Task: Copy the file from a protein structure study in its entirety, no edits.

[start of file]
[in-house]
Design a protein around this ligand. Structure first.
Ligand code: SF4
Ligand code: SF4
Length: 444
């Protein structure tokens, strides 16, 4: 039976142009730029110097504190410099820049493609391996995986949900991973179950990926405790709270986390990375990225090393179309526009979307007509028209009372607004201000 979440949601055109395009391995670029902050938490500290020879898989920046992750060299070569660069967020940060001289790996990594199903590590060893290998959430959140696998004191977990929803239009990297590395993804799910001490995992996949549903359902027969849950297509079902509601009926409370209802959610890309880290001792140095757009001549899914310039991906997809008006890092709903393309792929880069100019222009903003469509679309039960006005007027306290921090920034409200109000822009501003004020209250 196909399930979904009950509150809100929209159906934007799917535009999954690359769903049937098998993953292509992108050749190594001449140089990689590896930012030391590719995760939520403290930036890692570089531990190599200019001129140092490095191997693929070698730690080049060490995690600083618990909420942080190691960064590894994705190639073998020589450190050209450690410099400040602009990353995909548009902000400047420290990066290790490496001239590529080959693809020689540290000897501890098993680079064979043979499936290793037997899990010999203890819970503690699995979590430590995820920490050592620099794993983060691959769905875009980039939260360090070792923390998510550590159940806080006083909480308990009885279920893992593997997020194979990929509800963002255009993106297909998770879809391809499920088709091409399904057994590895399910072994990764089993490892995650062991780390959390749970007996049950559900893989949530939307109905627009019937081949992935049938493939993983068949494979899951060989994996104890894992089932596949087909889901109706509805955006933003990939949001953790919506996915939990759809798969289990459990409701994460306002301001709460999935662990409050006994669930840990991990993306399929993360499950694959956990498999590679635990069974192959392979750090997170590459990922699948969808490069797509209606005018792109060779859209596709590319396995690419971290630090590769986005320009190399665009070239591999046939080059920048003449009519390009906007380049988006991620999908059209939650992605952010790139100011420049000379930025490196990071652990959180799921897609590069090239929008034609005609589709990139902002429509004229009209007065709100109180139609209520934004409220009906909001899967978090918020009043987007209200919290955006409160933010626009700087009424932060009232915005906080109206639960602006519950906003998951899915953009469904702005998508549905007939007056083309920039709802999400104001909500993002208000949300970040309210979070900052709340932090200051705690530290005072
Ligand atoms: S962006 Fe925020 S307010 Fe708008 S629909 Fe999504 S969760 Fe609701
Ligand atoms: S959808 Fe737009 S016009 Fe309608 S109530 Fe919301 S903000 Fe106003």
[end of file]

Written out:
[in-house]
Design a protein around this ligand. Structure first.
Ligand code: SF4
Ligand code: SF4
Length: 444
């Protein structure tokens, strides 16, 4: 039976142009730029110097504190410099820049493609391996995986949900991973179950990926405790709270986390990375990225090393179309526009979307007509028209009372607004201000 979440949601055109395009391995670029902050938490500290020879898989920046992750060299070569660069967020940060001289790996990594199903590590060893290998959430959140696998004191977990929803239009990297590395993804799910001490995992996949549903359902027969849950297509079902509601009926409370209802959610890309880290001792140095757009001549899914310039991906997809008006890092709903393309792929880069100019222009903003469509679309039960006005007027306290921090920034409200109000822009501003004020209250 196909399930979904009950509150809100929209159906934007799917535009999954690359769903049937098998993953292509992108050749190594001449140089990689590896930012030391590719995760939520403290930036890692570089531990190599200019001129140092490095191997693929070698730690080049060490995690600083618990909420942080190691960064590894994705190639073998020589450190050209450690410099400040602009990353995909548009902000400047420290990066290790490496001239590529080959693809020689540290000897501890098993680079064979043979499936290793037997899990010999203890819970503690699995979590430590995820920490050592620099794993983060691959769905875009980039939260360090070792923390998510550590159940806080006083909480308990009885279920893992593997997020194979990929509800963002255009993106297909998770879809391809499920088709091409399904057994590895399910072994990764089993490892995650062991780390959390749970007996049950559900893989949530939307109905627009019937081949992935049938493939993983068949494979899951060989994996104890894992089932596949087909889901109706509805955006933003990939949001953790919506996915939990759809798969289990459990409701994460306002301001709460999935662990409050006994669930840990991990993306399929993360499950694959956990498999590679635990069974192959392979750090997170590459990922699948969808490069797509209606005018792109060779859209596709590319396995690419971290630090590769986005320009190399665009070239591999046939080059920048003449009519390009906007380049988006991620999908059209939650992605952010790139100011420049000379930025490196990071652990959180799921897609590069090239929008034609005609589709990139902002429509004229009209007065709100109180139609209520934004409220009906909001899967978090918020009043987007209200919290955006409160933010626009700087009424932060009232915005906080109206639960602006519950906003998951899915953009469904702005998508549905007939007056083309920039709802999400104001909500993002208000949300970040309210979070900052709340932090200051705690530290005072
Ligand atoms: S962006 Fe925020 S307010 Fe708008 S629909 Fe999504 S969760 Fe609701
Ligand atoms: S959808 Fe737009 S016009 Fe309608 S109530 Fe919301 S903000 Fe106003």